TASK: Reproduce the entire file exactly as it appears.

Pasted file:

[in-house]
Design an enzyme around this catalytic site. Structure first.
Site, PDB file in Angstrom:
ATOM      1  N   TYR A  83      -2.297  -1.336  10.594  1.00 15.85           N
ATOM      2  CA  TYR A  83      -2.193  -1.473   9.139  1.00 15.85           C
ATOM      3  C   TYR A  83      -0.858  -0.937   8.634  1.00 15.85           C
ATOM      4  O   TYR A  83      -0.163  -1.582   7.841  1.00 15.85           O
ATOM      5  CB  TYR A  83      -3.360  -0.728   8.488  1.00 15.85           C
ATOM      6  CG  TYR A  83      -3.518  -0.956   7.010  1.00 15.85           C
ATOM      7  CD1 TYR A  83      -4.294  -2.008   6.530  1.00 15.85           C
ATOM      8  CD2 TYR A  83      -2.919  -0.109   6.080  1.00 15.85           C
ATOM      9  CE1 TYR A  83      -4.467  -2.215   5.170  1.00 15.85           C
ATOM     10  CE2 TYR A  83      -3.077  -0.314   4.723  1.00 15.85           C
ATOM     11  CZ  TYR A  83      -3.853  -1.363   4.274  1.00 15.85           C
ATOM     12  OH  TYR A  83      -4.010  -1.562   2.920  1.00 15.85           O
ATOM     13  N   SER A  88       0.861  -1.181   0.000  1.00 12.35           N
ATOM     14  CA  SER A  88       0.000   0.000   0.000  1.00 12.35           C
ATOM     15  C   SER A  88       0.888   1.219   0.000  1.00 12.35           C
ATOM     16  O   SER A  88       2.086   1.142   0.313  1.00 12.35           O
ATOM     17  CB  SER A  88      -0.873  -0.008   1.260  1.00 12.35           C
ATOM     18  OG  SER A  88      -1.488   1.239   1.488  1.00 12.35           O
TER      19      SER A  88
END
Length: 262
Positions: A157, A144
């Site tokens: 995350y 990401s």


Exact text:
[in-house]
Design an enzyme around this catalytic site. Structure first.
Site, PDB file in Angstrom:
ATOM      1  N   TYR A  83      -2.297  -1.336  10.594  1.00 15.85           N
ATOM      2  CA  TYR A  83      -2.193  -1.473   9.139  1.00 15.85           C
ATOM      3  C   TYR A  83      -0.858  -0.937   8.634  1.00 15.85           C
ATOM      4  O   TYR A  83      -0.163  -1.582   7.841  1.00 15.85           O
ATOM      5  CB  TYR A  83      -3.360  -0.728   8.488  1.00 15.85           C
ATOM      6  CG  TYR A  83      -3.518  -0.956   7.010  1.00 15.85           C
ATOM      7  CD1 TYR A  83      -4.294  -2.008   6.530  1.00 15.85           C
ATOM      8  CD2 TYR A  83      -2.919  -0.109   6.080  1.00 15.85           C
ATOM      9  CE1 TYR A  83      -4.467  -2.215   5.170  1.00 15.85           C
ATOM     10  CE2 TYR A  83      -3.077  -0.314   4.723  1.00 15.85           C
ATOM     11  CZ  TYR A  83      -3.853  -1.363   4.274  1.00 15.85           C
ATOM     12  OH  TYR A  83      -4.010  -1.562   2.920  1.00 15.85           O
ATOM     13  N   SER A  88       0.861  -1.181   0.000  1.00 12.35           N
ATOM     14  CA  SER A  88       0.000   0.000   0.000  1.00 12.35           C
ATOM     15  C   SER A  88       0.888   1.219   0.000  1.00 12.35           C
ATOM     16  O   SER A  88       2.086   1.142   0.313  1.00 12.35           O
ATOM     17  CB  SER A  88      -0.873  -0.008   1.260  1.00 12.35           C
ATOM     18  OG  SER A  88      -1.488   1.239   1.488  1.00 12.35           O
TER      19      SER A  88
END
Length: 262
Positions: A157, A144
């Site tokens: 995350y 990401s």